On the tenth anniversary of Canada's Supreme Court ruling that decriminalized abortion, pro-choice activists worry that violent attacks on abortion providers and political pressure are making it harder for women to gain access to the procedure.
Before the January 1988 ruling, women could obtain abortions only in a hospital setting with the approval of a three-doctor committee. The Supreme Court declared the abortion law unconstitutional, saying it "clearly interferes with a woman's physical and bodily integrity."
Access to abortion is decreasing in Canada. Many provinces refuse to cover all or any of the costs of the abortion within the Canadian universal health-care system and anti-abortion groups, such as the Campaign Life Coalition, are intensifying efforts to prohibit public funding of the procedure.
Abortion providers throughout Canada face a daily risk of violence from anti-abortion extremists. Three shootings of doctors who perform abortions occurred in November of 1994, 1995 and 1997. The doctors were each wounded by shots fired through the windows of their homes. Today, doctors who provide abortions are taking precautions, some even wear bullet-proof vests.
Abortion supporters worry that the risk involved has resulted in the shrinking numbers of abortion providers. "I feel that police are not giving enough attention and priority to finding the perpetrator of these attacks," said Dr. Henry Morgentaler, the abortion-provider who fought for the 1988 Supreme Court decision. Morgentaler, 74, still performs abortions after repeated trials, 10 months in prison and a 1992 bombing of his Toronto clinic. Morgentaler believes that legalizing abortion has lowered the infant mortality rate, reduced the number of unwanted children in Canada and virtually eliminated unsafe, illegal abortions.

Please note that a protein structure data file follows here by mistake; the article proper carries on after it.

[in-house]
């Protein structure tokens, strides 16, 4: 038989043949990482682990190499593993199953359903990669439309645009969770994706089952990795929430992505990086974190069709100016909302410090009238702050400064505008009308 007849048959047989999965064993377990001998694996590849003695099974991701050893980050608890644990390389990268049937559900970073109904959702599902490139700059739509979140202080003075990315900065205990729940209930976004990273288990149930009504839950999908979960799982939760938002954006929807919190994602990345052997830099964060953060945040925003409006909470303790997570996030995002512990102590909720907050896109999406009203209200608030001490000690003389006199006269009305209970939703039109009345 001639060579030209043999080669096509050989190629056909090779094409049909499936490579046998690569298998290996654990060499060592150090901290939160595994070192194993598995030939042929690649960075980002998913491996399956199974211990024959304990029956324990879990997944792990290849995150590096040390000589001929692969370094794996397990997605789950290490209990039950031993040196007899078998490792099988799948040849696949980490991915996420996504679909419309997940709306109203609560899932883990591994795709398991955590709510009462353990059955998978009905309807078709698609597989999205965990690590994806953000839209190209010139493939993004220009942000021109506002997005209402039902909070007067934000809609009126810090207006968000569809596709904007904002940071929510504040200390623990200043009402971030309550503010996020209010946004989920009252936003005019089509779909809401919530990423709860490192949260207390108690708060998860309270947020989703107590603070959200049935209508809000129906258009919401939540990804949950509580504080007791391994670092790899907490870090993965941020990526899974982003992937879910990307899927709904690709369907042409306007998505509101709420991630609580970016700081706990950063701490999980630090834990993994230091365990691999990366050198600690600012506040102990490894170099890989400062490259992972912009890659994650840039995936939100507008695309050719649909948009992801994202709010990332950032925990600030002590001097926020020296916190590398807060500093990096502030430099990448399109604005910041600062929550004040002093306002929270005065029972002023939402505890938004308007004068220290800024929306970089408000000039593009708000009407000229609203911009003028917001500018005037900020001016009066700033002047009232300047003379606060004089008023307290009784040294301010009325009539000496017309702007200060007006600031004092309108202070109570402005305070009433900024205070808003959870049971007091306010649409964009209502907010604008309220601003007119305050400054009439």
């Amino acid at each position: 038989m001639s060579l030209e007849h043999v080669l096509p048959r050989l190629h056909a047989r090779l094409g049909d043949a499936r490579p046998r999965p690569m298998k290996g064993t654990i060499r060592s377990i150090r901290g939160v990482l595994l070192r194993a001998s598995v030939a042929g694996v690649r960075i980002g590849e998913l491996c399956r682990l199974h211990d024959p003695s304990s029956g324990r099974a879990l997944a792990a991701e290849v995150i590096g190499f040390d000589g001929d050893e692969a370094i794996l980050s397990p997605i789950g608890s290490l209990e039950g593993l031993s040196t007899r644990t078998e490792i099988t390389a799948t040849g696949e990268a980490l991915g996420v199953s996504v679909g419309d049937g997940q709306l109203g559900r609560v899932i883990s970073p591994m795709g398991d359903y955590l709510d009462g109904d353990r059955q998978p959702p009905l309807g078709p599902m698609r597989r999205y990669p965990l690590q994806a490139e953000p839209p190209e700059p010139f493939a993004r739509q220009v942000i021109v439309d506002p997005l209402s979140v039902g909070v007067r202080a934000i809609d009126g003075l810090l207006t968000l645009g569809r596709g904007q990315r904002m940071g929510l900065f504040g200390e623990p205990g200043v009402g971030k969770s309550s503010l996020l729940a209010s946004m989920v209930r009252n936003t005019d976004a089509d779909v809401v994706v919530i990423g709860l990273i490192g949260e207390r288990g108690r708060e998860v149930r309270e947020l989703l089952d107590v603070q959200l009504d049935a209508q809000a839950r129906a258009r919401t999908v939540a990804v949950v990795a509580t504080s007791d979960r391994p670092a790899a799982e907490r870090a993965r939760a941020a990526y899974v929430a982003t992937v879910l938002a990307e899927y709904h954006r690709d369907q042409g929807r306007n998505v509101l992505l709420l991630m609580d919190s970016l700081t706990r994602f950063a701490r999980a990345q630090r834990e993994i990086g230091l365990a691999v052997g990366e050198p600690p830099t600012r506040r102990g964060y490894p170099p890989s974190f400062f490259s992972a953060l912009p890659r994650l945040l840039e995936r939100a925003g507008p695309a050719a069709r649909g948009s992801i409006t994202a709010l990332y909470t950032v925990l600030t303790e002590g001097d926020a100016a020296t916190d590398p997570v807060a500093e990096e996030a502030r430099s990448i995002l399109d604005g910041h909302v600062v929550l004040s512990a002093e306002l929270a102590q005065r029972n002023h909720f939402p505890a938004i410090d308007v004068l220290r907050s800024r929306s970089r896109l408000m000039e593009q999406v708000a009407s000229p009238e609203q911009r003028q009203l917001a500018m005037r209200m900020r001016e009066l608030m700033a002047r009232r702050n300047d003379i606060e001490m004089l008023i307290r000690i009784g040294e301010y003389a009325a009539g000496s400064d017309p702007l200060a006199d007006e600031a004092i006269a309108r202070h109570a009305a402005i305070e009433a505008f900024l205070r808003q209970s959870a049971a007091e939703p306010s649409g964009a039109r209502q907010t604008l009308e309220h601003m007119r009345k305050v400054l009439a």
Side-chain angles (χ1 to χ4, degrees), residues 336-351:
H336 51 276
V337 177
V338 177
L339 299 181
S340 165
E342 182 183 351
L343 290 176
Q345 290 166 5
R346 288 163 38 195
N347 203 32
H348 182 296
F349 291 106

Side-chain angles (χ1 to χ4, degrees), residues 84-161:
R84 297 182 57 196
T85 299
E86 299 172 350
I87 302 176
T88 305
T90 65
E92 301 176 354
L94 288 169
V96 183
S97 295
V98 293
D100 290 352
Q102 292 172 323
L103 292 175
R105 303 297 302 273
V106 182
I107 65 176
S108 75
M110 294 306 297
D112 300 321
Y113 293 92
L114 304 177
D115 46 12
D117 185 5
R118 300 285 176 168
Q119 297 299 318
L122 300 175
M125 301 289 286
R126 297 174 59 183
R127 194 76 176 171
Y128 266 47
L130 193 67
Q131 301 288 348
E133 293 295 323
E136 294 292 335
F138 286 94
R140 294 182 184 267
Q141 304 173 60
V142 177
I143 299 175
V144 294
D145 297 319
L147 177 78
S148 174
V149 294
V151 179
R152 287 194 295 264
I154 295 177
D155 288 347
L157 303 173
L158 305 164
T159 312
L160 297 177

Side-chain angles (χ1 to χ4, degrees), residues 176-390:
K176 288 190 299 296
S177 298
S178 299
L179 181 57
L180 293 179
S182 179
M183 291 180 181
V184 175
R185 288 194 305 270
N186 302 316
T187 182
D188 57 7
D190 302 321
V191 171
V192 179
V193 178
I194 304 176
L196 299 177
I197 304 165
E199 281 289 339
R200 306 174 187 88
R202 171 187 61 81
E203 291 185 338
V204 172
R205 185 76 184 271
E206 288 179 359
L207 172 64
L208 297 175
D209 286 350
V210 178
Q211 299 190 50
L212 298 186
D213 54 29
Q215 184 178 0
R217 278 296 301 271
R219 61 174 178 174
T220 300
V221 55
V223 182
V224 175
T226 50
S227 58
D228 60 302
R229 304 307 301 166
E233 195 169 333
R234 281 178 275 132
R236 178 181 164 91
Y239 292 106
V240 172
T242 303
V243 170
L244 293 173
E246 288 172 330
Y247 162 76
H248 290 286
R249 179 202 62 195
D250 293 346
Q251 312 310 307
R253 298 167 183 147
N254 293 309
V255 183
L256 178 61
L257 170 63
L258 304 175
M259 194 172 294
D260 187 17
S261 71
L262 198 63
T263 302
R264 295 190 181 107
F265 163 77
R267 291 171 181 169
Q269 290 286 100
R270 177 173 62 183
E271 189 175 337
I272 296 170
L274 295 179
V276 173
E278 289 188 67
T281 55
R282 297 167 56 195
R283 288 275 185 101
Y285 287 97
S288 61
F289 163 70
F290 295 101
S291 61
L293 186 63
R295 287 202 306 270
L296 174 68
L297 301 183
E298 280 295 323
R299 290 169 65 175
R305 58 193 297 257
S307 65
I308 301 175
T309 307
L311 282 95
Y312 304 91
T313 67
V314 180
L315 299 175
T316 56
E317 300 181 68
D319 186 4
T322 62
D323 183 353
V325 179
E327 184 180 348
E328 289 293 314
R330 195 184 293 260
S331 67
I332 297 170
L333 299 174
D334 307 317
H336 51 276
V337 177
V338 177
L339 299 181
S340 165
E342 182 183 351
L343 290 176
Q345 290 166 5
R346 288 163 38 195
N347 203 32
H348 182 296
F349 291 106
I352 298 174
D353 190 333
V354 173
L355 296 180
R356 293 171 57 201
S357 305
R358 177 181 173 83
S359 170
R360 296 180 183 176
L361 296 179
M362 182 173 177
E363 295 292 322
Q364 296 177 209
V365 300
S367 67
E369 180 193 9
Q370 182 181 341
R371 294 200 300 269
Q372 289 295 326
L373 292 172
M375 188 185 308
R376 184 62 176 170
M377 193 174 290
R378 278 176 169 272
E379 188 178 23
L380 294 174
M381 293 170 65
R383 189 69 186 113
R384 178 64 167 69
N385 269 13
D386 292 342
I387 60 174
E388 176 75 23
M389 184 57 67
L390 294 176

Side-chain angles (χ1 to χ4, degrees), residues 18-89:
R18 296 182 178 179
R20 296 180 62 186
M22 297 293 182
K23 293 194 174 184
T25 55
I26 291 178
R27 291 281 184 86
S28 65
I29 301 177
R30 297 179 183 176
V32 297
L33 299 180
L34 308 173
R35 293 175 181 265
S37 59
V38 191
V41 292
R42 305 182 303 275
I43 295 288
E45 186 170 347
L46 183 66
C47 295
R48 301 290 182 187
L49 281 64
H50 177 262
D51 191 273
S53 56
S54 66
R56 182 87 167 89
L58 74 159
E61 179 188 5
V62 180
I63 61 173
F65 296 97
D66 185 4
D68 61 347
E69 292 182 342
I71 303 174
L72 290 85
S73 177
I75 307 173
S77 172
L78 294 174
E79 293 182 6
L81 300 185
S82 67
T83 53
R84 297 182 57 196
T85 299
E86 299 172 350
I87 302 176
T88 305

10/30/2014 Medication Abortion Access Threatened by Oklahoma Court Ruling - An Oklahoma state district court judge has refused to block a state law restricting medication abortion, clearing the way for the law to go into affect on November 1.
The Oklahoma Coalition for Reproductive Justice, together with a local abortion clinic in Tulsa, challenged HB 2684 in September, arguing that the law was an unconstitutional restriction on non-surgical abortion in the earliest weeks of pregnancy. . . .
10/30/2014 UPS Switches Pregnant Worker Policy Ahead of Supreme Court Case - The United Parcel Service (UPS) is changing its policy on light duty assignments for pregnant workers, even though the company will stand by its refusal to extend accommodations to a former employee in an upcoming Supreme Court case.
UPS announced on Monday in a memo to employees, and in a brief filed with the US Supreme Court, that the company will begin offering temporary, light-duty positions to pregnant workers on January 1, 2015. . . .
10/30/2014 North Dakota Medical Students Speak Out Against Measure 1 - Medical students at the University of North Dakota School of Medicine and Health Sciences are asking North Dakotans to vote no on Measure 1, a personhood measure on the state ballot this fall.
The students issued published a letter in the Grand Forks Herald stating that they opposed Measure 1 in part because they are against "the government's taking control of the personal health care decisions of its citizens." Nearly 60 UND School of Medicine students signed the letter, citing concerns over the "very broad and ambiguous language" used in the proposed amendment, which has no regard for serious and life-threatening medical situations such as ectopic pregnancies.
Measure 1 would change the North Dakota state constitution to create an "inalienable right to life" for humans "at any stage of development" - including the moment of fertilization and conception. . . .